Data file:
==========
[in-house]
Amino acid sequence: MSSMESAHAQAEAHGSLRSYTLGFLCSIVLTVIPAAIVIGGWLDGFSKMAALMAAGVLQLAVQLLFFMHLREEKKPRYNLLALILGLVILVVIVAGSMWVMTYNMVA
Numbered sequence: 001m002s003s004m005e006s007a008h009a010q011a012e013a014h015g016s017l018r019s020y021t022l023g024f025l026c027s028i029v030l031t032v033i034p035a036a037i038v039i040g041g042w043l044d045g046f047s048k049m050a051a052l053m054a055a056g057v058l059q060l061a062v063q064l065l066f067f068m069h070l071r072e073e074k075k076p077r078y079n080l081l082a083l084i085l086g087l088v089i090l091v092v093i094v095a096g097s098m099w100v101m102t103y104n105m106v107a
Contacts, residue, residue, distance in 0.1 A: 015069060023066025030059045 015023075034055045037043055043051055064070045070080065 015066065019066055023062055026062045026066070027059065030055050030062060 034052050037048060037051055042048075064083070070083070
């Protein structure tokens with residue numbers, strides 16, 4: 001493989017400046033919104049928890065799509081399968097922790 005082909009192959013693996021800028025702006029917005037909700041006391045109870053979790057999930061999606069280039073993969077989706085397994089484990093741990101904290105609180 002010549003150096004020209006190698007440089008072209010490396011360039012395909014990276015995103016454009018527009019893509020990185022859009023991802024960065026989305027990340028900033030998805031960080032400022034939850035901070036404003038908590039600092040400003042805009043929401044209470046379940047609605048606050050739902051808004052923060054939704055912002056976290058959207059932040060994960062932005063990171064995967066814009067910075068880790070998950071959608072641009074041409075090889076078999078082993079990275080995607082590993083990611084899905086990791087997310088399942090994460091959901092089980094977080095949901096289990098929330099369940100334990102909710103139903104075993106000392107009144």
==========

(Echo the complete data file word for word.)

[in-house]
Amino acid sequence: MSSMESAHAQAEAHGSLRSYTLGFLCSIVLTVIPAAIVIGGWLDGFSKMAALMAAGVLQLAVQLLFFMHLREEKKPRYNLLALILGLVILVVIVAGSMWVMTYNMVA
Numbered sequence: 001m002s003s004m005e006s007a008h009a010q011a012e013a014h015g016s017l018r019s020y021t022l023g024f025l026c027s028i029v030l031t032v033i034p035a036a037i038v039i040g041g042w043l044d045g046f047s048k049m050a051a052l053m054a055a056g057v058l059q060l061a062v063q064l065l066f067f068m069h070l071r072e073e074k075k076p077r078y079n080l081l082a083l084i085l086g087l088v089i090l091v092v093i094v095a096g097s098m099w100v101m102t103y104n105m106v107a
Contacts, residue, residue, distance in 0.1 A: 015069060023066025030059045 015023075034055045037043055043051055064070045070080065 015066065019066055023062055026062045026066070027059065030055050030062060 034052050037048060037051055042048075064083070070083070
């Protein structure tokens with residue numbers, strides 16, 4: 001493989017400046033919104049928890065799509081399968097922790 005082909009192959013693996021800028025702006029917005037909700041006391045109870053979790057999930061999606069280039073993969077989706085397994089484990093741990101904290105609180 002010549003150096004020209006190698007440089008072209010490396011360039012395909014990276015995103016454009018527009019893509020990185022859009023991802024960065026989305027990340028900033030998805031960080032400022034939850035901070036404003038908590039600092040400003042805009043929401044209470046379940047609605048606050050739902051808004052923060054939704055912002056976290058959207059932040060994960062932005063990171064995967066814009067910075068880790070998950071959608072641009074041409075090889076078999078082993079990275080995607082590993083990611084899905086990791087997310088399942090994460091959901092089980094977080095949901096289990098929330099369940100334990102909710103139903104075993106000392107009144």